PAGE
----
A core design goal of the SML design effort from its inception was supporting efficient code generation by maintaining a clear formal phase distinction between compile-time and run-time semantics.
Turning that intention into actual high-performance compilers required solving a number of new problems, which ultimately took a decade and a half, but today state of the art SML compilers such as MLton produce code fully competitive with C++ and Java.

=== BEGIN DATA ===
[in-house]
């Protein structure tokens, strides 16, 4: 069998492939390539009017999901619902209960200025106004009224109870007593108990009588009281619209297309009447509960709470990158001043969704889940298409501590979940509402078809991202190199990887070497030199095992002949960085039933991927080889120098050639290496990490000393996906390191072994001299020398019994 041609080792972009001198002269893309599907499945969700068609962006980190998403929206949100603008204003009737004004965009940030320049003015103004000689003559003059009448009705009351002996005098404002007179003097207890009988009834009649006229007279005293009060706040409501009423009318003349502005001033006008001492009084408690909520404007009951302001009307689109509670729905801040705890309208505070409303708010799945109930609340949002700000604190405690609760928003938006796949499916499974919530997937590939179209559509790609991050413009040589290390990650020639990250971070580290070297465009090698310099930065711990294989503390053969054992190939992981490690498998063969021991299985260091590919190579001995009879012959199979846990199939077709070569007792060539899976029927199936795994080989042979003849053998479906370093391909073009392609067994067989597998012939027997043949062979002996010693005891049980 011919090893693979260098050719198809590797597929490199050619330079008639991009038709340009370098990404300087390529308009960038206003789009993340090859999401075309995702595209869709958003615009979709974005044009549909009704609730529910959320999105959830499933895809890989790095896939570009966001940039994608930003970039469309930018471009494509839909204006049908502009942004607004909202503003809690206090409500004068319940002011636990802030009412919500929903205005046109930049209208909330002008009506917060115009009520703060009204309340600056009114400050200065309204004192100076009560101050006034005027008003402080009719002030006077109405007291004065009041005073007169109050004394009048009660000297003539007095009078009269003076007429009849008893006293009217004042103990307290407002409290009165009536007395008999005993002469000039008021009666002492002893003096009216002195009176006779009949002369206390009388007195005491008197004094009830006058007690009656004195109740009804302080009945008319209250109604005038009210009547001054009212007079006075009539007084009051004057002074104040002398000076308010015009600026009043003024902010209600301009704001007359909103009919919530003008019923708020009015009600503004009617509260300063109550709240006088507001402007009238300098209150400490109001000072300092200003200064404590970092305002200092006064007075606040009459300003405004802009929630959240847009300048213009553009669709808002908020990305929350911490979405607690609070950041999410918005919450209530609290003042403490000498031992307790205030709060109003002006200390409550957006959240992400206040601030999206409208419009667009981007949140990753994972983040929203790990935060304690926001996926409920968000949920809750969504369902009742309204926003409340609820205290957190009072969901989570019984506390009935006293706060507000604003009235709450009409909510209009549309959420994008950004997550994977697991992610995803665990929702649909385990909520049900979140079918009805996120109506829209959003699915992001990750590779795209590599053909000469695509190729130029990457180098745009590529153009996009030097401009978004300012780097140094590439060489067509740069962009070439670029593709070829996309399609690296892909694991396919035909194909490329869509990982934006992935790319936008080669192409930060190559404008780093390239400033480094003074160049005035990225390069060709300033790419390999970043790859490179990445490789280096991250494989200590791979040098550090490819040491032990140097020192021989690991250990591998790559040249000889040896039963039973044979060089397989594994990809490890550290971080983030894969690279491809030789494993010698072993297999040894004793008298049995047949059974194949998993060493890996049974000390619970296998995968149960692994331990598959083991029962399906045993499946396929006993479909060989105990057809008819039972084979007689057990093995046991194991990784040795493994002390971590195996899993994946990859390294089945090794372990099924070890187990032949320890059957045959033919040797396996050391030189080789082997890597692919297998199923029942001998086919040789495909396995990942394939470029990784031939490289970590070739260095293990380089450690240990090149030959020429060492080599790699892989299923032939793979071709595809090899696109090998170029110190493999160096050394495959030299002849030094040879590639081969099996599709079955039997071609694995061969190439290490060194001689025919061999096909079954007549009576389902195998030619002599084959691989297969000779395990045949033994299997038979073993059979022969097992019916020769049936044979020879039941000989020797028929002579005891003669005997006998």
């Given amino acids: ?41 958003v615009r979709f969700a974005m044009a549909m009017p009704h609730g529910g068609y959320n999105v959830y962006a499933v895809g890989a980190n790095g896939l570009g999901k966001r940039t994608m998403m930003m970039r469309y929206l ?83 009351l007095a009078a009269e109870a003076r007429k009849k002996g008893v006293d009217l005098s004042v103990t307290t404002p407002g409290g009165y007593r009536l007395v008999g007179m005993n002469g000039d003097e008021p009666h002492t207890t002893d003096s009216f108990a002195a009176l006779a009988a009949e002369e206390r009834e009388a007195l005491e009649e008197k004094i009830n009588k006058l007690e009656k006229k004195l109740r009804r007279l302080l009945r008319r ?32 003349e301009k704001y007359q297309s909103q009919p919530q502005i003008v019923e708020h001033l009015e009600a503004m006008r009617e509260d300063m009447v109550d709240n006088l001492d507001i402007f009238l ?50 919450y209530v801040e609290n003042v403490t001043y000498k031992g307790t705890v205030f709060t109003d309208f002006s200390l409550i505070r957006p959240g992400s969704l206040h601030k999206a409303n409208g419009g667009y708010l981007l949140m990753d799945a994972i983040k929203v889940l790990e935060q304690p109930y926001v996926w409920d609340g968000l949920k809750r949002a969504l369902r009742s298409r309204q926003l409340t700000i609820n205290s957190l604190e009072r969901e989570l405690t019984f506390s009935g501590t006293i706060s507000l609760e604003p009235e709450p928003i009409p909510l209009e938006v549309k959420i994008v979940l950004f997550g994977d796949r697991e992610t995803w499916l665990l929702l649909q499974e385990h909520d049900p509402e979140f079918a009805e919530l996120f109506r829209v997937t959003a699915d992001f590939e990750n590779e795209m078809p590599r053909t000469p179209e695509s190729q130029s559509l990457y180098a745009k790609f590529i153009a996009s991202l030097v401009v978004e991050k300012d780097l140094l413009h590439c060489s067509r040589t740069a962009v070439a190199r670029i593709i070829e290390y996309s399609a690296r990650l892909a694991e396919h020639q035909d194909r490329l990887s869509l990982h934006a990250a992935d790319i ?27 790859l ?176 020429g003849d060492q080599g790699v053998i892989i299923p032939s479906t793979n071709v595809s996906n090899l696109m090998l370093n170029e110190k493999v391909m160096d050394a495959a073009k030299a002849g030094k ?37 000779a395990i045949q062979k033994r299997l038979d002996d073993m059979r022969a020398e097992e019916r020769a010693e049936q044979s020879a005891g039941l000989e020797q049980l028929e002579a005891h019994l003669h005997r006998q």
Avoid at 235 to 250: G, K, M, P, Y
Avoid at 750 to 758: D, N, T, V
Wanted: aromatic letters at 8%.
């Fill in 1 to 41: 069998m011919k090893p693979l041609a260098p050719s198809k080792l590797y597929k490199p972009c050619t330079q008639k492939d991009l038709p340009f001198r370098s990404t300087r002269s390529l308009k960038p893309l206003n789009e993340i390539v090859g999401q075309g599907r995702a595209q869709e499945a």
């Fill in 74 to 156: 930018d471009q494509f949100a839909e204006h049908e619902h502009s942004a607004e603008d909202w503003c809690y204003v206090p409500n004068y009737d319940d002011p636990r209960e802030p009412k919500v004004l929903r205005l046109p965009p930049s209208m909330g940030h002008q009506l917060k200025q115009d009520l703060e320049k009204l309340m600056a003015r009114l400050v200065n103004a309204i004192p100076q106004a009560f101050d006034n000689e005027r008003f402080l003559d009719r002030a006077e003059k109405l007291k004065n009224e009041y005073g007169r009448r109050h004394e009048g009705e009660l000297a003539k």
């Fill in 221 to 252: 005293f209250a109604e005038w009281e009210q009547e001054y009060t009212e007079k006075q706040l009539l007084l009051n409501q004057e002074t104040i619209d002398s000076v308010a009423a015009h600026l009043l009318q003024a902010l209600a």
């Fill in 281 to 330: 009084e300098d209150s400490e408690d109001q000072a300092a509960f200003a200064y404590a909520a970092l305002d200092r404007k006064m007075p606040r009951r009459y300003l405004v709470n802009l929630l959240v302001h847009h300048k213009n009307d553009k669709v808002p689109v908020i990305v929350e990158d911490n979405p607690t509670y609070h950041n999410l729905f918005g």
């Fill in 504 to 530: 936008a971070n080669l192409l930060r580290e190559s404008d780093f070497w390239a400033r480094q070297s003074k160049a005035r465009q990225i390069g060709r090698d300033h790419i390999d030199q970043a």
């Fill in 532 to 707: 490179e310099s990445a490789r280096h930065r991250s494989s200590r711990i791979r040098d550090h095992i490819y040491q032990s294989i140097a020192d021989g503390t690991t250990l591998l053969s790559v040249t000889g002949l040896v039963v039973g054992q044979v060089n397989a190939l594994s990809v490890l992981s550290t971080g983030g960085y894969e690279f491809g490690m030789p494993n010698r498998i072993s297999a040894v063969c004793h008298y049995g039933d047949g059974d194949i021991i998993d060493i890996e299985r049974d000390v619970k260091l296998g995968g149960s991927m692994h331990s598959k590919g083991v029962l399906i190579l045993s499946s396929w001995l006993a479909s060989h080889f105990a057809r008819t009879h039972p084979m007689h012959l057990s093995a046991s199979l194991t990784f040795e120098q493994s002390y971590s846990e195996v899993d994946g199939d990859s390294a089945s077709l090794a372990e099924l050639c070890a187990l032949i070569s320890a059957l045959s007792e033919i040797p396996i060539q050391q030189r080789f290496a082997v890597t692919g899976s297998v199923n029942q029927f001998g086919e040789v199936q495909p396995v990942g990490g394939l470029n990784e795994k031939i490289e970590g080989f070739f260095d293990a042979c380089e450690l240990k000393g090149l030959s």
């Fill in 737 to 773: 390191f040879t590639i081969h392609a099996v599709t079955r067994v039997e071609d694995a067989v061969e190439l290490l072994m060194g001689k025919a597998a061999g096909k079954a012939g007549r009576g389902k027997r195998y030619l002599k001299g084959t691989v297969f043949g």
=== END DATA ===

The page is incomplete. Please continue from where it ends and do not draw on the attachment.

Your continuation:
Mythryl inherits from SML/NJ the fruits of this research. Depending upon the specific synthetic benchmark, it generates code that will clock in at anywhere from twice as fast to half as fast as a C compiler — and roughly one hundred times faster than scripting languages like Perl, Python or Ruby.
Despite this, due to being an incremental compiler that generates optimized code directly in memory (as opposed to a batch-mode disk-to-disk compiler like gcc), Mythryl offers much of the convenience of scripting languages: Short Mythryl programs may be run simply by putting a #!/usr/bin/mythryl “shebang line” at the top, and small fragments of code may be compiled and executed directly in-process.